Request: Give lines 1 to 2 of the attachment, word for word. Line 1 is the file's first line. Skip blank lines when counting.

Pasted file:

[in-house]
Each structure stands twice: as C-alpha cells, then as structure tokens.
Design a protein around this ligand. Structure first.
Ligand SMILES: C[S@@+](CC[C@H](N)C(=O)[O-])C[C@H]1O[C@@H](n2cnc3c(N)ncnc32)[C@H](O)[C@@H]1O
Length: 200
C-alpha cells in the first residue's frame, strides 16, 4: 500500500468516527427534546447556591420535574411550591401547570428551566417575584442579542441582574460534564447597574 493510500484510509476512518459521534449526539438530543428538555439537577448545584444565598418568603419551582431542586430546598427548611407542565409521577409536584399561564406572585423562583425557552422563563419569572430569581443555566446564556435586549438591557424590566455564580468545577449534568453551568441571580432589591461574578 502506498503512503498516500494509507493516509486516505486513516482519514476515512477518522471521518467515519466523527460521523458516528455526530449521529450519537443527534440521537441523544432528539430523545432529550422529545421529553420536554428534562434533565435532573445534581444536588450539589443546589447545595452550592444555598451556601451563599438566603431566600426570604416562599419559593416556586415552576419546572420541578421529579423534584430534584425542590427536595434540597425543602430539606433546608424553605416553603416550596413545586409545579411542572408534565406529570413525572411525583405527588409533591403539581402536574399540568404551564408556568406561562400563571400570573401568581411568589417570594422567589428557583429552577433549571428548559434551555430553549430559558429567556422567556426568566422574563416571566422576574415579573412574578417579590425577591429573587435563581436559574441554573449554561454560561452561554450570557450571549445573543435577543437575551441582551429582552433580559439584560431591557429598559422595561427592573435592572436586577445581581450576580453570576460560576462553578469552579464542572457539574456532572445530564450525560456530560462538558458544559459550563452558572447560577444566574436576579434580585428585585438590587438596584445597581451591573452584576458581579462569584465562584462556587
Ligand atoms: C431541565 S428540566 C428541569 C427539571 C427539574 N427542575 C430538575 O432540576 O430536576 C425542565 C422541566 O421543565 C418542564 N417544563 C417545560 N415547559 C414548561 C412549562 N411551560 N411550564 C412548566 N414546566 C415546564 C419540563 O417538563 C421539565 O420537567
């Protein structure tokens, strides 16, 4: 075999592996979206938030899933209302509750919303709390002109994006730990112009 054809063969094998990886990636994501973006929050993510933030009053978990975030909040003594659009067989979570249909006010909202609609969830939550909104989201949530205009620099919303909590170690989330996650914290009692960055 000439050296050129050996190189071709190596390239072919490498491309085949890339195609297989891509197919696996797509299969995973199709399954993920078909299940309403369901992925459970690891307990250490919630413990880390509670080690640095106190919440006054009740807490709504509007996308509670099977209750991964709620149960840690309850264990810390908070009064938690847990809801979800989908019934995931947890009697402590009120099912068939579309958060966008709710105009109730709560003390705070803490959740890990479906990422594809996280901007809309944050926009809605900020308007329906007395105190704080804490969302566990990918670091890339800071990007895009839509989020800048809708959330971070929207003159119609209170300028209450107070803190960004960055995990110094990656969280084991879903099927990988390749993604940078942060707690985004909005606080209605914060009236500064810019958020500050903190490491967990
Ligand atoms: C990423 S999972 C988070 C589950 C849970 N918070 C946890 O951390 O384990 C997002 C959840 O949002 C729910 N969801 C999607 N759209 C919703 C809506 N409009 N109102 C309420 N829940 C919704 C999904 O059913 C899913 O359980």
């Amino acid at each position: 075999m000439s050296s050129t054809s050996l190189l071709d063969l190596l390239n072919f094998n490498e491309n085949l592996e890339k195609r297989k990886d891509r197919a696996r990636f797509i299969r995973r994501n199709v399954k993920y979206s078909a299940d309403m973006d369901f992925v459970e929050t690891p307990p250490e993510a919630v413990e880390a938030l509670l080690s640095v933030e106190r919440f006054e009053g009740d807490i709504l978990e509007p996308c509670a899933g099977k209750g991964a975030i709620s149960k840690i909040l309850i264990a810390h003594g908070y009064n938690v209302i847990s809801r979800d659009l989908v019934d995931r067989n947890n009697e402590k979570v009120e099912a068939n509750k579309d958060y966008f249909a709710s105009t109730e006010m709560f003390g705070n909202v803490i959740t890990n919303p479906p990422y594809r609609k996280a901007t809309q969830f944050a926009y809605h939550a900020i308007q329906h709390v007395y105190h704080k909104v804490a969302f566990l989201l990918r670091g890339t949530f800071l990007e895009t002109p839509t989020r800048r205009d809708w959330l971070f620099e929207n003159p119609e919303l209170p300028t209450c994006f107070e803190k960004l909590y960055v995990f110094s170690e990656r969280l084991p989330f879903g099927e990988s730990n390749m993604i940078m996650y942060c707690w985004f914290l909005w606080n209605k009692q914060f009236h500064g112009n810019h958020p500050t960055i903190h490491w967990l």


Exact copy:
[in-house]
Each structure stands twice: as C-alpha cells, then as structure tokens.